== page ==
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Lessons Learned

Jan 19, 2015   //   by edsweeney   //   blog  //  No Comments

The beginning of a new year is the traditional time for reflection. Over the past few weeks as I’ve tried to map the year ahead, I’ve come to realize how chance encounters have influenced my life.

A chance encounter with Andy Cohen completely changed my musical path. A high school student, I was his front act at a coffeehouse at St. Anne’s Church in Shrewsbury, MA in the early 70’s. After we each did our sets, Andy took me aside. He had watched me play and perform [pop tunes], and said he could tell I wasn’t singing and playing music I loved. He introduced me to fingerpicking guitar and traditional folk music.

Turns out he was right. A decade later I was making my living performing traditional folk music throughout the US and Canada, recording, and teaching guitar and 5-string banjo to private students.

One of those students was a grammar school student Christina Thompson. Each week for 2 years, I would go to her parents’ home to give her a guitar lesson.

When my family moved out of state, the lessons ended. More than two decades had passed when, last spring, I was going to attend a benefit memorial concert for friend Richard Walton. I noticed the name Christina Thompson Lively on the program. I decided to reintroduce myself.

 “Hi,” I said. “I don’t know if you remember me, my name is….” Before I could finish she smiled, gave me a hug and said, “You’re Ed Sweeney! I sing because of you!”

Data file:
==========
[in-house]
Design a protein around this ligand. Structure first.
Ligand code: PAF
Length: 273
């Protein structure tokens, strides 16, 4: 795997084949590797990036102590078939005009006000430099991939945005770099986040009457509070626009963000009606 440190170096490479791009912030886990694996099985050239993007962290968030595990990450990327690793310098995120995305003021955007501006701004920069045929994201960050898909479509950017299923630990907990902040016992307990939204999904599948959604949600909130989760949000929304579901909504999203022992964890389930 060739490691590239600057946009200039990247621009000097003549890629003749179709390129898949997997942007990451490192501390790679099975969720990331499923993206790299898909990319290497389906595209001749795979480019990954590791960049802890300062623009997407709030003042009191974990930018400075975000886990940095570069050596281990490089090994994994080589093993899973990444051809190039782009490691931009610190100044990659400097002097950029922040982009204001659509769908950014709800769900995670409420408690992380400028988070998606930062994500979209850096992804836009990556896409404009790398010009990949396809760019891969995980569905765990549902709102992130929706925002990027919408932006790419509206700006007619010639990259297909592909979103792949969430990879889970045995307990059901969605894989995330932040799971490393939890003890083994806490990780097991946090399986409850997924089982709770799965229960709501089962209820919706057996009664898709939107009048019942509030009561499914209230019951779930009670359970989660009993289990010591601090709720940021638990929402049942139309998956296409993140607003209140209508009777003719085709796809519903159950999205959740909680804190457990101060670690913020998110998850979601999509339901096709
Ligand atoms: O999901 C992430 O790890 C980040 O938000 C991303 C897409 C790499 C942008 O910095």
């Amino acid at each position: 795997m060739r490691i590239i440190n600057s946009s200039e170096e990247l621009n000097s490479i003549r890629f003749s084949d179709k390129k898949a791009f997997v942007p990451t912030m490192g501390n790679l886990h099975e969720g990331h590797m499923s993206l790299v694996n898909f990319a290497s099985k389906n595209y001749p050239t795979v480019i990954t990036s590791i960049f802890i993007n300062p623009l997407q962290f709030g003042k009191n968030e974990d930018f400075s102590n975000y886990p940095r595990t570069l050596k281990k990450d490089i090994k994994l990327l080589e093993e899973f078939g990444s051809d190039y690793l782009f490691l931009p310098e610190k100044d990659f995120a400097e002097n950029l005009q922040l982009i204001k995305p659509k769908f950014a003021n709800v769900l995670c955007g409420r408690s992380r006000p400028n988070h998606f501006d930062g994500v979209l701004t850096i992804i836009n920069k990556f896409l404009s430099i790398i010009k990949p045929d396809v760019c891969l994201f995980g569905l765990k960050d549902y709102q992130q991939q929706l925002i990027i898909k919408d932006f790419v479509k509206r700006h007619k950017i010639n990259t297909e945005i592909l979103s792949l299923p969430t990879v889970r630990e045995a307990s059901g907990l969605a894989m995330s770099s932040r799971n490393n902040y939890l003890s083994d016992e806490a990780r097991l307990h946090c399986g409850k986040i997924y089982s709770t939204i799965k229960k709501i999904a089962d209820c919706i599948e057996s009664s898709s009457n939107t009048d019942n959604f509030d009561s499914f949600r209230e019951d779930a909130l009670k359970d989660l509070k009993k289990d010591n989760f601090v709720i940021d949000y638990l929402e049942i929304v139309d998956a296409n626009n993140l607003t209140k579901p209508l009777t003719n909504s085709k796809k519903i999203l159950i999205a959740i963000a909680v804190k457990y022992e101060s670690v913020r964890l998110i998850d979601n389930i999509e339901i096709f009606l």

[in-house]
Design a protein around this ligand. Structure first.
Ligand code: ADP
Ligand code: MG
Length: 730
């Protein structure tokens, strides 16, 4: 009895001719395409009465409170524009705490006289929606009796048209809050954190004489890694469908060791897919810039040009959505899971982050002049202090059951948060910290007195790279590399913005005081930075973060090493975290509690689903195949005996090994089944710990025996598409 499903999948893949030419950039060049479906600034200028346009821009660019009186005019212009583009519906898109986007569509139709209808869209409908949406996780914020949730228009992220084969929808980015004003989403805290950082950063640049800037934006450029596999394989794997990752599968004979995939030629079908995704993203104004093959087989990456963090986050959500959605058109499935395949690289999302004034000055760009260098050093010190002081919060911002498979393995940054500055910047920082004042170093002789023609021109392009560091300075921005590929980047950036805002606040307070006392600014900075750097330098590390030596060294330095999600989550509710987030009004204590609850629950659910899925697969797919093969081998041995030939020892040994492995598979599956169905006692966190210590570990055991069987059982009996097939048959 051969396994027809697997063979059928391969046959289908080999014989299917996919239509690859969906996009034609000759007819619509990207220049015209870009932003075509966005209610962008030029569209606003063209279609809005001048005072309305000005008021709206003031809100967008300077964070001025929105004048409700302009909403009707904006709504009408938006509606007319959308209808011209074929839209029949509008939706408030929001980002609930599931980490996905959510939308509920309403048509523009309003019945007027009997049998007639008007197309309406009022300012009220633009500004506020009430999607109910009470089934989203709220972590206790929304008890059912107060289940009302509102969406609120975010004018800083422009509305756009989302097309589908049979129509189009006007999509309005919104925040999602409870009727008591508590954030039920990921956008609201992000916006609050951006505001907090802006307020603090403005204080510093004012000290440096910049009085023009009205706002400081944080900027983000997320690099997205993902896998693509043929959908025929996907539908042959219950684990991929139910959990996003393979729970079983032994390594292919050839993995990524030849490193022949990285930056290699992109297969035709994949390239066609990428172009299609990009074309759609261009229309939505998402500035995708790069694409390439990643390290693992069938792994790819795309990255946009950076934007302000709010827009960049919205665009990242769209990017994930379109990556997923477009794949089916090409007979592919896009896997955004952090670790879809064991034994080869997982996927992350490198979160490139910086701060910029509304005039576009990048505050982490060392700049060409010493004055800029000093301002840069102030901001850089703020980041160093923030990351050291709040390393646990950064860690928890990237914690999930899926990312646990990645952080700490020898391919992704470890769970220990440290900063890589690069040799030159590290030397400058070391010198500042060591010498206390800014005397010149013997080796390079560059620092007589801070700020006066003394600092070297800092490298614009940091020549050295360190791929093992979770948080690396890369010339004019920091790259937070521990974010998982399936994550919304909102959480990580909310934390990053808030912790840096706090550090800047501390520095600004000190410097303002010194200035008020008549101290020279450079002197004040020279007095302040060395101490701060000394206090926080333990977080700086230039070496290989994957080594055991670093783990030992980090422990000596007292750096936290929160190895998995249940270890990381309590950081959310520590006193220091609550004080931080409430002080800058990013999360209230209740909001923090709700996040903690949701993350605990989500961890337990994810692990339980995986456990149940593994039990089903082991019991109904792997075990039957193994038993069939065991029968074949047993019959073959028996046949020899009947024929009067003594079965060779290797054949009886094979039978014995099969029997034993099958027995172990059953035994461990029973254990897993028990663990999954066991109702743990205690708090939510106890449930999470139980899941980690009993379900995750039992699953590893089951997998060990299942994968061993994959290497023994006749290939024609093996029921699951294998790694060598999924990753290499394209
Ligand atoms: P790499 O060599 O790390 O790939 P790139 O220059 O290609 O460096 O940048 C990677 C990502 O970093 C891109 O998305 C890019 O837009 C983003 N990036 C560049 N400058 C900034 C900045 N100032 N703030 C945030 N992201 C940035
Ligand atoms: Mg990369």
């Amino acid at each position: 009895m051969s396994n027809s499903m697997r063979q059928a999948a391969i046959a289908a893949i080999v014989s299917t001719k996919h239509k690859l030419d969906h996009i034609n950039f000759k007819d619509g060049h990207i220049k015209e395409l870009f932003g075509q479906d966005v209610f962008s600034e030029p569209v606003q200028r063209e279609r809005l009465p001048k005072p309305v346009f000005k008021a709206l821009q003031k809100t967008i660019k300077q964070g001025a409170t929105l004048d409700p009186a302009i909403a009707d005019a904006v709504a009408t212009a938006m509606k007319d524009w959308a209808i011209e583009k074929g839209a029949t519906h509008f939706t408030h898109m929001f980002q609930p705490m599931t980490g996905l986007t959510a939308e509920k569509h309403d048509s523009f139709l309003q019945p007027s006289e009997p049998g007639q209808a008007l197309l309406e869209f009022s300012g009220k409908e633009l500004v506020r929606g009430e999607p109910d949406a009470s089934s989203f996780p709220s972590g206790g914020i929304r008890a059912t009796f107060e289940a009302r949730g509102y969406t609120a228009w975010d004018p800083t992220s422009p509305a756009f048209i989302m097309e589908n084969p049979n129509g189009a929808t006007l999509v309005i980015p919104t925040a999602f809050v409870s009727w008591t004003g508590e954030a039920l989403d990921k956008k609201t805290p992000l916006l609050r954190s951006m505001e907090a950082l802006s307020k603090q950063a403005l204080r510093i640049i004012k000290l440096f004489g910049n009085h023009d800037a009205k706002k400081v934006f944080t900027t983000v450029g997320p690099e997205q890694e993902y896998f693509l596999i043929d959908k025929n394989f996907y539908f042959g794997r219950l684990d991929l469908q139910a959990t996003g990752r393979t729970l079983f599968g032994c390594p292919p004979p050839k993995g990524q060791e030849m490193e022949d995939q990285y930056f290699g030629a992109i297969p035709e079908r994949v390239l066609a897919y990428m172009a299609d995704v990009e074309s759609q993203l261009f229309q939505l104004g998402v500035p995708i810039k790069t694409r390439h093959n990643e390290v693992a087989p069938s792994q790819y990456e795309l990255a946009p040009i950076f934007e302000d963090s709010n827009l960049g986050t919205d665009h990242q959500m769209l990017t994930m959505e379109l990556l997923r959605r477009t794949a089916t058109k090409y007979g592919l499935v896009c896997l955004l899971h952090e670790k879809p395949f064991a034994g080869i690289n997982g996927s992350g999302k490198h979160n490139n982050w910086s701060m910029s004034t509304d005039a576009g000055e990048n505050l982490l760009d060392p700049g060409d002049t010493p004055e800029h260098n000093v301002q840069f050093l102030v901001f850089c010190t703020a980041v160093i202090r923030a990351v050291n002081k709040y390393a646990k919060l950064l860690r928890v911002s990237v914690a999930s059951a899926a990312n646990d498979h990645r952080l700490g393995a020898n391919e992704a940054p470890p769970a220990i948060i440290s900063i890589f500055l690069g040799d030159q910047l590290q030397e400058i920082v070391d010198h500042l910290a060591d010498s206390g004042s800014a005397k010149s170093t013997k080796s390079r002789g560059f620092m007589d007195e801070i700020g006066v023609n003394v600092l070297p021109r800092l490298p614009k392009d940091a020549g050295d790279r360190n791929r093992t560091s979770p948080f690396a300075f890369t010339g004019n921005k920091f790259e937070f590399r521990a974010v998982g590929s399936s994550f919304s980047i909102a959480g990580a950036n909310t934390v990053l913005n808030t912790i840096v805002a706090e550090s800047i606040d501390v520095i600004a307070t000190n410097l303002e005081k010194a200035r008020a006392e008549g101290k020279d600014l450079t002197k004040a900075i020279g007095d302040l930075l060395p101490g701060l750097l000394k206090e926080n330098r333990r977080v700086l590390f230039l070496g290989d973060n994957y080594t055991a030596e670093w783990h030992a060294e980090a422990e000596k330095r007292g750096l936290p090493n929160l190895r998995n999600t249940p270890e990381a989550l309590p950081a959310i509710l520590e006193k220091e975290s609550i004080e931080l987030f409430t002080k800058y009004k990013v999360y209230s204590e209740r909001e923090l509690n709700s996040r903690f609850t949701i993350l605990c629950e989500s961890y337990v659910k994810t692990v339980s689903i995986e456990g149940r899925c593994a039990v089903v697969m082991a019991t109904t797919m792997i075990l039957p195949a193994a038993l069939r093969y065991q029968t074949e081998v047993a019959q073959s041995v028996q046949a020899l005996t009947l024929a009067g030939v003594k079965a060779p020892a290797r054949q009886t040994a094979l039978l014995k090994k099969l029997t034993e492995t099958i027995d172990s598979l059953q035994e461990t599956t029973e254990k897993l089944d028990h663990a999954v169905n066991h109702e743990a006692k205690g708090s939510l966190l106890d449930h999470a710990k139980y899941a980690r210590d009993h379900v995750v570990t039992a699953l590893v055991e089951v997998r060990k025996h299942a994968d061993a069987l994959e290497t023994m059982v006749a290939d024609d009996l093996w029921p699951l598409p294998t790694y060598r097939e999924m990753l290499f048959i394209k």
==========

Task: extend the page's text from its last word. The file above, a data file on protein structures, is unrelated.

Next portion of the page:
Clearwater - ThompsonChristina told me that I had encouraged her to sing. Though she never sang for me when she was a student, she had taken my words to heart.

It’s always a challenge for me to figure out how to teach someone to play an instrument: Everyone learns differently. The intuitive connections I make with an instrument are not the same as those made by another person.

I never realized that encouraging Christina to sing would be the lesson I taught. I was speechless. I had an influence on someone by my words!

This past November Tina, a consultant where I work, told me that she had enjoyed my recording Passing Through and wanted to buy my two instrumental Christmas recordings but discovered that each – now more than 20 years old – was out of print.

Don’t worry, I told her. I’ll make you copies.

After the new year, Tina thanked me. It had been a tough holiday season, she said, and my recordings brought them so much joy that they saved Christmas for her and her family.

I am reminded that sometimes, the greatest gifts we give and receive begin as chance encounters.

A few kind words and a little time spent with a stranger changed me as a musician, performer and recording artist. It ignited a never-ending curiosity. Andy’s small act of kindness changed my life.

This past year, I discovered in new ways that my words, actions and music are gifts that are meaningful and appreciated by others – appreciation that is not demonstrated by monetary gain or public prestige.

Kind words and actions have a ripple effect. If you are fortunate, they may touch you in ways you never expected.

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